Tag Archives: english accent

English Accent for Hire!

Just can’t get enough of listening to the Brits speak? Do you watch the BBC just to hear that impossibly posh accent? Now for a mere fifteen American dollars, you can actually hire someone to read a passage or poem with an English accent. Robert Charleston of oneloneenglishman.com puportedly offers his born-and-bred British voice to read whatever you want (of about 200 words), record it, and email you an mp3 file. If you prefer the female British voice, Robert’s sister Elspeth also offers her services for your listening pleasure.

Someone on Twitter recently pointed this website out to me. I have not tried this myself, so I can’t in all honesty recommend sending money in exchange for an English accent in your inbox. But it just goes to show you, Americans do love England! We are willing to pay money just for their accent! It seems a little ridiculous, but then again, they do have pretty great accents.

image courtesy alancleaver via Wikimedia Commons

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The Man from Manchester

The Piccadilly Gardens in Manchester - I'd love to see them in person someday...

Have you ever clicked with a perfect stranger and even though you know you’ll probably never see that person again beyond those few minutes, you feel afterwards as if you have a friend, a kindred spirit, wandering out in the world with you? I met someone like that once. His name was Tom. And he was from Manchester.

Last summer I spent a month travelling on the mainland visiting family and friends who live in different corners of the country. I believe I was flying to Atlanta to catch a connection to take me out west. My plane was delayed (no surprise there) and I was worried that my connection flight would leave without me (which wouldn’t have been a surprise either). It was a bad year for flight plans and lost luggage, to put it mildly. Needless to say, I was more than a little stressed out as I wobbled down the 12-inch aisle in my unsensible summer wedges with my bag full of books whose number I can’t seem to decrease no matter how many times I fly. And that’s when I saw him. Sitting next to my empty seat. Twinkling blue eyes, a friendly smile, and a “hello” spoken with an English accent.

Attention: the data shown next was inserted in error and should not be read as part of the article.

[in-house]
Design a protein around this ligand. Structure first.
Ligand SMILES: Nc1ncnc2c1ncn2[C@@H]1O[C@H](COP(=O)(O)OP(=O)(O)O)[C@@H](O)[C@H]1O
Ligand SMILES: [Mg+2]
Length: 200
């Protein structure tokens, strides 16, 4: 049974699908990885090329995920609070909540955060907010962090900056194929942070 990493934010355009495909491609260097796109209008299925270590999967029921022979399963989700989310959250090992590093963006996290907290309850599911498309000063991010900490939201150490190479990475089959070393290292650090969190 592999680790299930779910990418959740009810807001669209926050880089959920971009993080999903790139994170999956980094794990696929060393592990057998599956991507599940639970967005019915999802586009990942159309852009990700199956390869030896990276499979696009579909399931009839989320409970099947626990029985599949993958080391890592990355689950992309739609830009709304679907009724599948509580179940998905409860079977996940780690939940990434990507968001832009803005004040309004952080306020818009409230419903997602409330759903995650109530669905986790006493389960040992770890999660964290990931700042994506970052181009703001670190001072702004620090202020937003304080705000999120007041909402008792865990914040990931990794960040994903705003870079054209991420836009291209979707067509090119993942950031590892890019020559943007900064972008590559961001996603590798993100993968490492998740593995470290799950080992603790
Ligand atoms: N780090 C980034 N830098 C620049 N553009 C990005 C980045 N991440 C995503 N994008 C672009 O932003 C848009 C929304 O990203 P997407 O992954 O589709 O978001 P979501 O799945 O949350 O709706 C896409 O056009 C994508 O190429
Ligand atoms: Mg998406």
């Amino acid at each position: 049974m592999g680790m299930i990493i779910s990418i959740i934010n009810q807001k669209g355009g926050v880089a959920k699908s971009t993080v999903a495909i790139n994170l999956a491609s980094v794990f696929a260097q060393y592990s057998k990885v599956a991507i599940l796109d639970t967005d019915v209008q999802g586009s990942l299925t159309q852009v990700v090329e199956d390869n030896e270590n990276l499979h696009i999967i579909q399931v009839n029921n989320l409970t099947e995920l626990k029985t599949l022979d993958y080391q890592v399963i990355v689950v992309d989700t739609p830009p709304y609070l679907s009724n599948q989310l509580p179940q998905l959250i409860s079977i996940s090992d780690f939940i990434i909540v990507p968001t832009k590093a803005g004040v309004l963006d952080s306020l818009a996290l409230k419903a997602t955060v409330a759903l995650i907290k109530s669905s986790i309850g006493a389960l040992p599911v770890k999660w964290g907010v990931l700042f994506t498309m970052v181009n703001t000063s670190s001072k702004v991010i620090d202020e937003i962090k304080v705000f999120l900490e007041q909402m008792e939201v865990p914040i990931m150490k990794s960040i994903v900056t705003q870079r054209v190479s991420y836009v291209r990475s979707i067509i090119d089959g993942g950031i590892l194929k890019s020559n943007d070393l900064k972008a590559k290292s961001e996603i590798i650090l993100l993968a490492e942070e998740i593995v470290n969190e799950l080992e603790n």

Soon after I sat down by the window looking out at the sweating pavement, I knew I had a friend. We had both pulled out books to read: I with my Faulkner, and he with something I can’t remember. But somehow neither of us read for the entire flight. We chatted like old friends the whole time. I loved listening to his voice (I always am a goner for the British), as he talked about his work and asked about my writing. He told me about his home in Manchester and how I’d love it there. He even introduced me to the work of Isabel Allende, a master storyteller whom I’ve enjoyed reading since then, and told me he would check out my website.

When we finally landed in Atlanta, I felt like the stress and the delay didn’t matter anymore because for once in my life I had a decent travelling companion. Most of the time it seems that my fate in flight is to always sit next to either cavemen, honeymooning couples, business men with newspapers, or old ladies who think they need to change my life. But as I ran (or rather, stumbled) down the corridors of the terminal to board my plane (which I did not miss), I felt grateful to have sat next to the Man from Manchester.

And in case you are wondering if this had any romantic connections at all, I must say you are sadly mistaken, considering that the M from M was approximately thirty or forty years older than me and decidedly out of the question. It was an hour of friendship, nothing more nothing less.

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Filed under Narrative